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General: Heath family (Ericaceae). Pacific madrone is an evergreen tree that is native to the northwestern Coast Ranges of North America. The trees have single or multiple trunks with rounded, spreading crowns. Mature trees reach heights of 6m to 30m or more depending on environmental conditions. The alternately arranged leaves are oval, (7 to 15 cm long), thick, and have finely serrated margins. The leaf surfaces are glossy dark green above with lighter grayish green beneath. Leaves remain on the plant for two years before they are shed. The striking cinnamon red bark is thin and smooth. The bark on young branches peels in large papery flakes to reveal an attractive, satiny green surface beneath that darkens with time to deep red. In midsummer, the exfoliated bark, along with shed leaves in shades of red to orange, form a lovely colorful carpet beneath the tree canopy (Saunders 1923). Fragrant bell-shaped flowers appear in large, showy clusters at the ends of the branches during the spring, from March through May, but sometimes as early as January. The flowers (8mm) are yellowish-white to pink and consist of 5 fused petals. The fruits are loose clusters of bumpy, scarlet red berries (8 to 12mm) that contain a mealy pulp and about 20 hard seeds. The genus was named from the Celtic word “arboise,” which means rough fruit (Young & Young 1992). The early Spanish Californians named the tree “madroño” after the strawberry tree (Arbutus unido), which grows in Spain and other nearby Mediterranean countries (Parsons 1966). The edible fruits ripen from the early fall until December or January.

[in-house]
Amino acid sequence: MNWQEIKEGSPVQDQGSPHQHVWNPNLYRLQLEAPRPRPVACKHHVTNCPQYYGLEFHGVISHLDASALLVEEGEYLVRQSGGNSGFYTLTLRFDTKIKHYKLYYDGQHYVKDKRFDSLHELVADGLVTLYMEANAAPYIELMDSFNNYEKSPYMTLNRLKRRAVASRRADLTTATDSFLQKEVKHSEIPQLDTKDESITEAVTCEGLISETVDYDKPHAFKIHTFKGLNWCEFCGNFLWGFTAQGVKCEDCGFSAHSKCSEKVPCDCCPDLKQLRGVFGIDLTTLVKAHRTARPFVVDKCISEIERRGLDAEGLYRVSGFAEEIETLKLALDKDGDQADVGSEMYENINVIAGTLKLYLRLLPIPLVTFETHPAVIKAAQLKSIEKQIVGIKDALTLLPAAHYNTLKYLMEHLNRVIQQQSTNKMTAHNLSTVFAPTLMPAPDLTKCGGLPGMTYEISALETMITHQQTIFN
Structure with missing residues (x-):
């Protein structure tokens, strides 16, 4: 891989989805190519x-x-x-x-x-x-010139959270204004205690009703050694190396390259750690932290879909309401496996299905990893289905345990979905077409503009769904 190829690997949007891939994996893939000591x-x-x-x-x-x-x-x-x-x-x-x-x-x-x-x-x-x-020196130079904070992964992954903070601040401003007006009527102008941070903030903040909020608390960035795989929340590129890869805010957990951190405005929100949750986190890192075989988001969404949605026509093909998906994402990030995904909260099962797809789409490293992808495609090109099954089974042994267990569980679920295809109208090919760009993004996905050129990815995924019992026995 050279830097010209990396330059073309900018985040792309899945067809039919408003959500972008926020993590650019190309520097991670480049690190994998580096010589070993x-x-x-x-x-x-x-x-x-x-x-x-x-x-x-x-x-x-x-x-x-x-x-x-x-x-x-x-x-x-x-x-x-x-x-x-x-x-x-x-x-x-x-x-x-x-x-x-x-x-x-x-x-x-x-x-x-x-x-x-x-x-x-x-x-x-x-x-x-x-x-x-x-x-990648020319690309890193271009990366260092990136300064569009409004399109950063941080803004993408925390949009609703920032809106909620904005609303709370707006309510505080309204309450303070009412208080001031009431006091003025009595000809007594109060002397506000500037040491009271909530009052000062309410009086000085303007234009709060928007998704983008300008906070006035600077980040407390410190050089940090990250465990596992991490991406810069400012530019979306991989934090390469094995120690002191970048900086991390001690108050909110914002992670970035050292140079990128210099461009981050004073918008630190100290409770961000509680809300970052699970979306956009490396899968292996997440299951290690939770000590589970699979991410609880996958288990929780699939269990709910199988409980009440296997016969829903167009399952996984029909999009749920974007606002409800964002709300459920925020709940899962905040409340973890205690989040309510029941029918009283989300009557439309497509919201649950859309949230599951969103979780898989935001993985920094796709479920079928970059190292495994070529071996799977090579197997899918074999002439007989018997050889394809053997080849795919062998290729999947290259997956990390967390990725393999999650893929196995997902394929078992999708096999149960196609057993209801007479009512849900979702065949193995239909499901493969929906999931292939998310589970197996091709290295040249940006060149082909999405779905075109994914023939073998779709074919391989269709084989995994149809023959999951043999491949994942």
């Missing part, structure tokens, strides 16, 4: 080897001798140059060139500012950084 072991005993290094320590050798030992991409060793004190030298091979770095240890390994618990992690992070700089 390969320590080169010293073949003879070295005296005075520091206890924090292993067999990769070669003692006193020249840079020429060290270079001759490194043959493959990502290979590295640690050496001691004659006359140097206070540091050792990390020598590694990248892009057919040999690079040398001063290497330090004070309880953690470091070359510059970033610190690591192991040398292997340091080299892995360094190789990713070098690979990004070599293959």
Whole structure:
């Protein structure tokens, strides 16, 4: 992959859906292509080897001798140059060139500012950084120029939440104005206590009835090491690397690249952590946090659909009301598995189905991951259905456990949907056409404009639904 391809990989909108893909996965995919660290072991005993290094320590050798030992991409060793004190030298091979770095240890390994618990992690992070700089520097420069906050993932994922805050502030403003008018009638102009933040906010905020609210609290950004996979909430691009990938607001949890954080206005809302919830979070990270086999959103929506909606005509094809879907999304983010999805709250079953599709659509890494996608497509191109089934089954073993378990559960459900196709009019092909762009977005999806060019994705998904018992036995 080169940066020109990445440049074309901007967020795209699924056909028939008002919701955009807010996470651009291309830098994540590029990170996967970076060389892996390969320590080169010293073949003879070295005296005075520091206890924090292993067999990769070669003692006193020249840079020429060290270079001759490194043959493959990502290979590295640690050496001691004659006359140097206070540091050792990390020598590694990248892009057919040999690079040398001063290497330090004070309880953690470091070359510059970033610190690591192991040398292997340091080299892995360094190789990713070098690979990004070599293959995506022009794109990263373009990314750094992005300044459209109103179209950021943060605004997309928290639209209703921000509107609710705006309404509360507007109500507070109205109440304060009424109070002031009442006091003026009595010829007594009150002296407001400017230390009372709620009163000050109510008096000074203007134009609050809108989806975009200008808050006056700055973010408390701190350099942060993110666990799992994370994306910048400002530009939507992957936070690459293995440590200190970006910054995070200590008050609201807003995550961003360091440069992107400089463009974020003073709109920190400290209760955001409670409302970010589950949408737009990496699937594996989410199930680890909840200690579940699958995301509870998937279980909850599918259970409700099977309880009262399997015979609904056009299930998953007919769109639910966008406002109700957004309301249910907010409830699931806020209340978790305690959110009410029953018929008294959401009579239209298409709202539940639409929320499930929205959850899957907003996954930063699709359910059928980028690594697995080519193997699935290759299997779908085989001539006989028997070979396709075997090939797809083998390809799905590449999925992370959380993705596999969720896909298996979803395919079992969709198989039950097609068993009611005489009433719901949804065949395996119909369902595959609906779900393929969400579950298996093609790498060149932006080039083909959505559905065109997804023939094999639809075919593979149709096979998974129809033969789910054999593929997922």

Distribution: Pacific madrone is native to the West Coast of North America and occurs from the Southern Coast Ranges of California to British Columbia in the north from 100 to 1500 m. Occasional populations are found in the Sierra Nevada Range at middle elevations. For current distribution, please consult the Plant Profile page for this species on the PLANTS Web site.
Habitat: Pacific madrone is found on wooded slopes and canyons in oak, redwood, and mixed evergreen forests as well as in chaparral communities. The trees are commonly associated with other species and rarely occur in pure stands.